The common, or Humboldt’s, Woolly Monkey (Lagothrix lagotricha), one of the chunkiest and heaviest New World primates, lives in the rainforests of the Western Amazon river basin, including the CTF supported Reserves at Uwasu in Western Brazil and Jatun Sacha in Eastern Ecuador.
Reserves such as these are critical for the survival of these monkeys. They inhabit river edge gallery forest; palm woodland; seasonally flooded varzea and dry terra firma primary forest; and high altitude cloud forest. They prefer mature, continuous, undisturbed humid tracts – and will not live in secondary woodland which has re-grown after logging.
Covered in short, dense fur, they have large, round heads with a bare black or brown face. Their bodies are thick, with sturdy limbs, and their protruding bellies have given them the Portuguese name ‘barrigudo’ or ‘big belly’. They average 16–24 inches in length (40–60 cms), excluding their thick and prehensile tail.
They are active during the day – and gregarious – living in social groups of 10 to 70, often in company with capuchins, howlers and other species of monkeys. Rather slow moving, they generally travel on all fours, but often swing by their hands, feet and tail – or by the tail alone. On the ground, they can stand erect using their tail for support, but they are happiest in the forest mid-canopy at 7–12 metres (22–38 feet).
Their principal food is ripe fruit, supplemented by leaves, seeds and some insects. Seeds are most important early in the rainy season when ripe fruit is not readily available. Most intensively hunted Females reach maturity at 6–8 years and males any time after 5 years. Females bear single young after a 7–8 months gestation period and feed their babies for 9–12 months. The young are carried for the first month or so on the abdomen of the mother and climb onto her back after 6 weeks.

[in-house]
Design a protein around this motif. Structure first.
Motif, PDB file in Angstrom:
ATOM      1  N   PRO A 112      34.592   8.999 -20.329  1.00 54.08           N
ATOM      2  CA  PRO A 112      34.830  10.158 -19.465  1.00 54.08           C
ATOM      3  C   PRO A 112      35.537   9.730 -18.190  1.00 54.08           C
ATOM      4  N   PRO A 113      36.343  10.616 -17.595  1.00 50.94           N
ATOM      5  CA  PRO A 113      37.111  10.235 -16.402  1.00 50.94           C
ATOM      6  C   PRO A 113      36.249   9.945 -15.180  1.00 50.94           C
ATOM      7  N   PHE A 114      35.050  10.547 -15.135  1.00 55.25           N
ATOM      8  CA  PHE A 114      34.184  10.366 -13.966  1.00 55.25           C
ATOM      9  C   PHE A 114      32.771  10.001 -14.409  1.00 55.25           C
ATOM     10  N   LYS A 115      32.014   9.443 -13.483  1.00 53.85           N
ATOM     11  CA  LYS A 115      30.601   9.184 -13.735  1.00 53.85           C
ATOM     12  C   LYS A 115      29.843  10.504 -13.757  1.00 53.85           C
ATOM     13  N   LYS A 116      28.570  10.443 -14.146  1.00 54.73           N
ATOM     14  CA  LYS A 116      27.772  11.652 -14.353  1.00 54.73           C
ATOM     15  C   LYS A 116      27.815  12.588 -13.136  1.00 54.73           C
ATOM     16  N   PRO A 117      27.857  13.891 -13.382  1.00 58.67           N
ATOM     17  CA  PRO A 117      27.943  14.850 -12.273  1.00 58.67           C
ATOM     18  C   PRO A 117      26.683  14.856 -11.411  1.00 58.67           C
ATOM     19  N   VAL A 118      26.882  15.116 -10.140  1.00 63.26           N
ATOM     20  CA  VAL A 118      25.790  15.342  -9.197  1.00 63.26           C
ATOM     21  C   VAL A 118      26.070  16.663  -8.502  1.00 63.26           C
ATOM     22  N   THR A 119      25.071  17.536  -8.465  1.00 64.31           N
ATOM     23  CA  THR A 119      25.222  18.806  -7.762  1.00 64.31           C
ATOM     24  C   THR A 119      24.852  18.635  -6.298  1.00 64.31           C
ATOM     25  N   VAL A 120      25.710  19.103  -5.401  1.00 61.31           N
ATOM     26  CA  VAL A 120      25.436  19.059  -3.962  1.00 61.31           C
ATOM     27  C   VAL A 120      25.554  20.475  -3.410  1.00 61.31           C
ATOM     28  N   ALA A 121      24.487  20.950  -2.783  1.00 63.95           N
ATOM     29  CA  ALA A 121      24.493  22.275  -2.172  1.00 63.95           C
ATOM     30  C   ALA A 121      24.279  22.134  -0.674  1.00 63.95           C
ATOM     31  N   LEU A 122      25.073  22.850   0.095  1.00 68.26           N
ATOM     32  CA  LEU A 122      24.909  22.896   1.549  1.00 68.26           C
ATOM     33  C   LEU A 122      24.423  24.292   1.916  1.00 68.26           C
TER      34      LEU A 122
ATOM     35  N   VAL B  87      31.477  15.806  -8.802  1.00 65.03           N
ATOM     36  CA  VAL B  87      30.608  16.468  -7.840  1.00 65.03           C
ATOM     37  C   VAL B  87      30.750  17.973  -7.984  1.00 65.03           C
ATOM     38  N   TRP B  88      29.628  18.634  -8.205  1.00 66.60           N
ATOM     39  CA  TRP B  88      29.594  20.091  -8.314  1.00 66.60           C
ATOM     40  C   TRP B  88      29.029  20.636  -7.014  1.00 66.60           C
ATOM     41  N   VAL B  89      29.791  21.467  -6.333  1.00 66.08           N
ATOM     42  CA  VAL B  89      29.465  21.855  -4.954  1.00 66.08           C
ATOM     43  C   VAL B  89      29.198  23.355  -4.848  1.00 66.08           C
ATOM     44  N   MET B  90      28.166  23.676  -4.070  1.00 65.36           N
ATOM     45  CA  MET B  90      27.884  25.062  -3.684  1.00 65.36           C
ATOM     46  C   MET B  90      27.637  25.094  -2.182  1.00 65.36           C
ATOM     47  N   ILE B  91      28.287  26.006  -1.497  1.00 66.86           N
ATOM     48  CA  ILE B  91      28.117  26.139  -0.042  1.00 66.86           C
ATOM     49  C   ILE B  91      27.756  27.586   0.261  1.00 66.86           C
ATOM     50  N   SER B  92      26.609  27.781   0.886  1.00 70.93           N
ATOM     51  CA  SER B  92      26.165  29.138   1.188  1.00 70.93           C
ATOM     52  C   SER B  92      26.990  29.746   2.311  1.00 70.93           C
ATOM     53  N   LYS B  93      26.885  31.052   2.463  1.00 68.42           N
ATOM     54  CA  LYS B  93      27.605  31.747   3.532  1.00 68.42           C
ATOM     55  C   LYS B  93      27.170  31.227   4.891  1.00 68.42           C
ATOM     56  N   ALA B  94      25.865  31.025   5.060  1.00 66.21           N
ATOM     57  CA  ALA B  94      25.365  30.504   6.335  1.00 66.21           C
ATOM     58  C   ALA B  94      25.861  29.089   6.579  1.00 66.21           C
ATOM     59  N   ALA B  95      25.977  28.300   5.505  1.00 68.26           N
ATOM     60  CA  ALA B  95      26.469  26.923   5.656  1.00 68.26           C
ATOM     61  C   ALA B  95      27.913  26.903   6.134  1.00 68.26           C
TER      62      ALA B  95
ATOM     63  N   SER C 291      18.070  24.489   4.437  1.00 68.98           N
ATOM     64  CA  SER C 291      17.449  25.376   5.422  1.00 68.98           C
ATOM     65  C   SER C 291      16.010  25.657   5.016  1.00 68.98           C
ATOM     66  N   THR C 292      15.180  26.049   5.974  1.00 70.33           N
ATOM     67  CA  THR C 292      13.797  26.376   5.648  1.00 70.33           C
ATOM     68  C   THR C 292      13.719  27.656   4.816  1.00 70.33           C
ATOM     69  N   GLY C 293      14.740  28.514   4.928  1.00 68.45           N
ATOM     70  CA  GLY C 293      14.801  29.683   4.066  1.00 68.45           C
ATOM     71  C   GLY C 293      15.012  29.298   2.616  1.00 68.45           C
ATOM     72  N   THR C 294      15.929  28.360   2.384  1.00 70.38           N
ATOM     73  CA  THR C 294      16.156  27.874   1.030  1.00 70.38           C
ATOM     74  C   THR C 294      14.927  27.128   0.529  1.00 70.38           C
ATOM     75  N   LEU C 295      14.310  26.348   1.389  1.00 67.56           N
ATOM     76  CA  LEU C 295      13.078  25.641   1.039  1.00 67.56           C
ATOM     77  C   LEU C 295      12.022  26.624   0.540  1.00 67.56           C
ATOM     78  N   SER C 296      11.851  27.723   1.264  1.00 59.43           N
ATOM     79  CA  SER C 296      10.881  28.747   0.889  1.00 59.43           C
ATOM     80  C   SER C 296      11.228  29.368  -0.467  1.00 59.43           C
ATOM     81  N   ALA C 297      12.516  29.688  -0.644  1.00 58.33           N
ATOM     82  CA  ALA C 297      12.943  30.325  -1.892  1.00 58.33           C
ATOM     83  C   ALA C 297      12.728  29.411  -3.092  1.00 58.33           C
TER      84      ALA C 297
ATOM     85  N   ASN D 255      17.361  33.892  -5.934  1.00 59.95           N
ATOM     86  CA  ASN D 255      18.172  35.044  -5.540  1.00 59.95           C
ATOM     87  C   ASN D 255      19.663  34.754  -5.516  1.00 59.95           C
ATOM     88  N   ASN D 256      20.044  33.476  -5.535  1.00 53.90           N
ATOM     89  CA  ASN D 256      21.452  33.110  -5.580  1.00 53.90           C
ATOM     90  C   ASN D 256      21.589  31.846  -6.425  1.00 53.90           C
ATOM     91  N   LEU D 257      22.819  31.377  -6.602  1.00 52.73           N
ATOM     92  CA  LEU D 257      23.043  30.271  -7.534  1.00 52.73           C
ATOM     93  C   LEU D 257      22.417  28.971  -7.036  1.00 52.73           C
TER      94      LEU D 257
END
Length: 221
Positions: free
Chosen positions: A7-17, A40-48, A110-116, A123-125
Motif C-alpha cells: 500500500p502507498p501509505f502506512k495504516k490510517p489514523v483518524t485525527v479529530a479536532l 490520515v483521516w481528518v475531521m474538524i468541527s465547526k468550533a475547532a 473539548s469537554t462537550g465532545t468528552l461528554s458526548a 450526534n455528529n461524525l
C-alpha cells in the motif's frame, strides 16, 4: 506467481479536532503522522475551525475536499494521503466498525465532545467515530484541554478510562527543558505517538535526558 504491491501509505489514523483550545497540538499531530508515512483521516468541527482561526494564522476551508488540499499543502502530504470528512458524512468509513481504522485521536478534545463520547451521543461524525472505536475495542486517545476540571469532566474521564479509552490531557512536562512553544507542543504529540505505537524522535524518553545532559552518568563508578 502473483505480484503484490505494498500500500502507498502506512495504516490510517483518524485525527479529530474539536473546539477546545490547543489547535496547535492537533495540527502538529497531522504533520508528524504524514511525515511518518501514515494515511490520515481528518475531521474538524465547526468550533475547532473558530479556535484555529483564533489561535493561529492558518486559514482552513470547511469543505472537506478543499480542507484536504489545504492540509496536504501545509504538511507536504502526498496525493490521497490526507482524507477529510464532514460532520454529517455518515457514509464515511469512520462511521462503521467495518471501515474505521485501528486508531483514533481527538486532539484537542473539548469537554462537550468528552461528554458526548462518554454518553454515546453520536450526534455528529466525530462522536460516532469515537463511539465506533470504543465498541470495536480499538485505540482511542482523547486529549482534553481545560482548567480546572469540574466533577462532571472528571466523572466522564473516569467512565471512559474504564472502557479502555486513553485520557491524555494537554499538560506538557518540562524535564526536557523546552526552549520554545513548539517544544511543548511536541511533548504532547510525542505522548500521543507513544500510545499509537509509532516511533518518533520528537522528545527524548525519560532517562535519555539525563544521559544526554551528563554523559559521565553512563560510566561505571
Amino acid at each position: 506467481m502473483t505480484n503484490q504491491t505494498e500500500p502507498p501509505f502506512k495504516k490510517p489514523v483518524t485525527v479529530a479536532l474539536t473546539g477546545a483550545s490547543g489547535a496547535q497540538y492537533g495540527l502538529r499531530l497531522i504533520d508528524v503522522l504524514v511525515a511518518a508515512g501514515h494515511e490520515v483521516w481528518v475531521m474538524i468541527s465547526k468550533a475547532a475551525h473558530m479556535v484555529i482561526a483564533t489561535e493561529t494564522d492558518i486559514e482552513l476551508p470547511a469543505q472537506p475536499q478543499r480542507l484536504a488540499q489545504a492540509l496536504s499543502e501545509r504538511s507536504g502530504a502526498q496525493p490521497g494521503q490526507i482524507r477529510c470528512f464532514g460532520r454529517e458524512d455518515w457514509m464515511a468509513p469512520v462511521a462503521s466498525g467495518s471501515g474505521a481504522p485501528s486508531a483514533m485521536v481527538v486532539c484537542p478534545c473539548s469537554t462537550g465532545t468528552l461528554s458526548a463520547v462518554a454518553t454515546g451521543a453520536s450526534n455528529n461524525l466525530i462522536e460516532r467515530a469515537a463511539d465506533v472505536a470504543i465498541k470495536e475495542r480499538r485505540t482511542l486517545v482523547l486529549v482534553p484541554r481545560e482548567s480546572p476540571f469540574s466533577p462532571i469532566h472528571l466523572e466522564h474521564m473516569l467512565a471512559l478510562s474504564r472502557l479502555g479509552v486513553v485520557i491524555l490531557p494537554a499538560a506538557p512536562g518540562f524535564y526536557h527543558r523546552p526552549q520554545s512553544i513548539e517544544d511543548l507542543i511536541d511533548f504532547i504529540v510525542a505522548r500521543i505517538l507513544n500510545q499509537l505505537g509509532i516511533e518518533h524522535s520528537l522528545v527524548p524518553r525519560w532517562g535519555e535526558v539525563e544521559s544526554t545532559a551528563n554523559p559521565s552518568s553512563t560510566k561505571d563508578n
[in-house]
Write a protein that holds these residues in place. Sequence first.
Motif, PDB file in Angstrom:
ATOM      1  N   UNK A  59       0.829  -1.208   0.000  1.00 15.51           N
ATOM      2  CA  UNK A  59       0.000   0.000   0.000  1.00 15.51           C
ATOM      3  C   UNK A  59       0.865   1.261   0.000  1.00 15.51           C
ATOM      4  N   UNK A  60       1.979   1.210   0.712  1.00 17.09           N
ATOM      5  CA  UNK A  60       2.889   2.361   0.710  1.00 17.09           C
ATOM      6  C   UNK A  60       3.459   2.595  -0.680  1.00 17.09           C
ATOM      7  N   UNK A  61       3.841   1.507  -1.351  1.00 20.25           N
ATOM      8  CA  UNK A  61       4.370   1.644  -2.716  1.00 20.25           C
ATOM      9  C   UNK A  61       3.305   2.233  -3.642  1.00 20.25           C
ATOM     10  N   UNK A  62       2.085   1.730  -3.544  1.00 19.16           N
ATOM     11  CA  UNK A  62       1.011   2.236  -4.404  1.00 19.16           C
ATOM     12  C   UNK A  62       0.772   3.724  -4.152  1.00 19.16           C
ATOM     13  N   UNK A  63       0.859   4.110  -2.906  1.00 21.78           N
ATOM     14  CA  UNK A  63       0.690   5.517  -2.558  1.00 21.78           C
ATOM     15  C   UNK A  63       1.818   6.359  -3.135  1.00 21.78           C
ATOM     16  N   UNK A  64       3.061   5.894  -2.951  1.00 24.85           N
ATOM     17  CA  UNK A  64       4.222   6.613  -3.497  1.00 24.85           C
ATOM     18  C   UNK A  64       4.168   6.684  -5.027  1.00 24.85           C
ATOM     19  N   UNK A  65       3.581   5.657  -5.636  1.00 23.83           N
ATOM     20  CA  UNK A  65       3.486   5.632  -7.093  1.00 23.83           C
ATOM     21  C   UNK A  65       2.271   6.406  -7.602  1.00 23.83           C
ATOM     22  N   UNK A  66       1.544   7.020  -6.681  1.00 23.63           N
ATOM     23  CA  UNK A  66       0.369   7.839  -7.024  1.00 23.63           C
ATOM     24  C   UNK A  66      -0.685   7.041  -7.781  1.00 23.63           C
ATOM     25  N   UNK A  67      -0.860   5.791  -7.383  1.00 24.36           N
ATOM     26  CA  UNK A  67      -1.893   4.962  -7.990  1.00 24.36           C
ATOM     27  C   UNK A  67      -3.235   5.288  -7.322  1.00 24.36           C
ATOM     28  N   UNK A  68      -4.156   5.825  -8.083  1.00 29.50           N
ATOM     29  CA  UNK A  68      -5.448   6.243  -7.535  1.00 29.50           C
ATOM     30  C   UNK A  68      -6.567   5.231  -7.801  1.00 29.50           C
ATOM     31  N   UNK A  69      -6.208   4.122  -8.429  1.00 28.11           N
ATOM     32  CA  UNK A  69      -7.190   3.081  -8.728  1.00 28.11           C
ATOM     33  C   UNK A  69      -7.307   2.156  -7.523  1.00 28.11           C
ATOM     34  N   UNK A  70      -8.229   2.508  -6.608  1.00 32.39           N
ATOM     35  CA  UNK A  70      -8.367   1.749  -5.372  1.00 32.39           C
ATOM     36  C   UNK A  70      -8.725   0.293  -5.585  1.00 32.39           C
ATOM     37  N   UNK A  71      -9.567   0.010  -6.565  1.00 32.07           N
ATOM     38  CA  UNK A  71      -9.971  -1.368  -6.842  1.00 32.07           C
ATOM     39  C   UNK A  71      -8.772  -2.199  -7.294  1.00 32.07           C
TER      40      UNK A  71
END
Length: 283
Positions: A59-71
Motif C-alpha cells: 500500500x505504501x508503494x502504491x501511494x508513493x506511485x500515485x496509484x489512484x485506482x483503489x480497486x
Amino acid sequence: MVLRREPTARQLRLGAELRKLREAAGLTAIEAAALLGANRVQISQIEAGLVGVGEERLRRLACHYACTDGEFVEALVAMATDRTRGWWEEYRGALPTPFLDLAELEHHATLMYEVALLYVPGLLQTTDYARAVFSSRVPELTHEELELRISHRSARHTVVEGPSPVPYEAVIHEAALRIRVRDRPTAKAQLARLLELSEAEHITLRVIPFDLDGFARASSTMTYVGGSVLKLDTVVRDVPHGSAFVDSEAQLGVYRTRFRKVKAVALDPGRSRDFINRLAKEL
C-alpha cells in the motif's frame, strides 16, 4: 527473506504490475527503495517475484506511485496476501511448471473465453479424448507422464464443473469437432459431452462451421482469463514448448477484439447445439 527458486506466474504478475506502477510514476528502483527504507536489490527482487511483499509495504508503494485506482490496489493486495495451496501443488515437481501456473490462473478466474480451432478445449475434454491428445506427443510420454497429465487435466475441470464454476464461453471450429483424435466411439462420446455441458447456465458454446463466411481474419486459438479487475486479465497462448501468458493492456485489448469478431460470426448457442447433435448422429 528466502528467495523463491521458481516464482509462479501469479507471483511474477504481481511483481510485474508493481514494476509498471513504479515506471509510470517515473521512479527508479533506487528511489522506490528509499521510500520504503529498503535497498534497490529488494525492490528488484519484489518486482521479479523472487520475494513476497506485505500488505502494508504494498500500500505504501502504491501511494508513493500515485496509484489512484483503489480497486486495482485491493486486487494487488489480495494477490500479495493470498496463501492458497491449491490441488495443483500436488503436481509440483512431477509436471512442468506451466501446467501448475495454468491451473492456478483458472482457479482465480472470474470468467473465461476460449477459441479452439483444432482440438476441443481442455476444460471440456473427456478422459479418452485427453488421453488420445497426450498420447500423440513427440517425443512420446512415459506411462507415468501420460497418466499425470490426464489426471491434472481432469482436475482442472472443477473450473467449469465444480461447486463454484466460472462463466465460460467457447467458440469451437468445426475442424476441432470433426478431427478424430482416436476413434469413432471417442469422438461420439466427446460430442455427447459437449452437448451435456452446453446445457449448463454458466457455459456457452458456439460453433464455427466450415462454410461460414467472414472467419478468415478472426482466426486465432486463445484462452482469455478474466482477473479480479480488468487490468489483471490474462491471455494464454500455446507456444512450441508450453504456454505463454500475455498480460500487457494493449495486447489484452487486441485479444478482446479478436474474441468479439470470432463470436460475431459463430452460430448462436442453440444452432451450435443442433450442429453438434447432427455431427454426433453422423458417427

It is at this time that woolly monkeys are at their most vulnerable. They are the most intensively hunted primate species in South America – a mother normally being killed so that her infant can be sold on the pet market. Tragically, it is estimated that ten mothers are sacrificed for every live individual infant that actually reaches the market.
Groups of young woollies are very playful in the wild, while grooming is a common activity within a social group. Adult males receive the most grooming, whilst adult females are usually groomed by their juvenile daughters. Communication is by voice, facial expression and other visual behaviour and woollies can show subtle changes in mood and intention by employing a variety of expressions.
Restricted to the Western Amazon basin of Northern South America, common woolly monkeys occur in the upper Magdalena River valley in Colombia; throughout much of the upper Amazon basin of Colombia, Ecuador, Peru and Bolivia; in Brazil west of the Rio Negro; and in the foothills and Eastern slopes of the Andes up to 3,000 metres.
And Michael McColm considers ‘that the 3150 hectare Bilsa Biological Station continues to be the only sustainable and viable conservation initiative in the Mache-Chindul region’. The Foundation is seeking funding for forested properties within the Bilsa Boundary, which, all together, total about 250 hectares. But the 24 hectares that has just been secured by the CTF donation was the most urgent.
It is Pre-Montane Tropical Wet Forest – probably the rarest forest type in Western Ecuador with less than 1% remaining. The purchase will connect two existing important tracts of this type of forest inside the boundaries of the Bilsa Station. The forest is along the higher ridge-line of the Reserve and at this elevation provides habitat and protection for Jaguars, the exotic Long-Wattled Umbrella-bird and the rare, large and striking Banded Ground-Cuckoo as well as watershed protection for the Dogola River.
This river is one of the few in Western Ecuador still surrounded by forest habitat and protects a correspondingly high level of unique endemic fish species – species found in no other coastal river in the region.
The Bilsa Biological Station’s biodiversity credentials are certainly impeccable. Two thousand different plant species have been documented, including 30 species completely new to science. Abundant animal and bird populations indicate an intact ecosystem. To date, 24 mammal species are known to live in Bilsa, five of which are on international threatened species lists. Apart from the jaguar, these are the jaguarundi, oncilla, giant anteater and troupes of mantled howler monkeys.
More than 300 species of birds have been documented, amongst the highest totals for any Western coastal forest in Ecuador. But once again, it is the uniqueness of many of the birds which makes Bilsa so special. It is listed as a key area for the protection of birds in both the Choco and Tumbesian endemic bird areas (confined respectively to Ecuador and Colombia and Ecuador and Peru), which between them hold 96 species of birds found nowhere else in the World.
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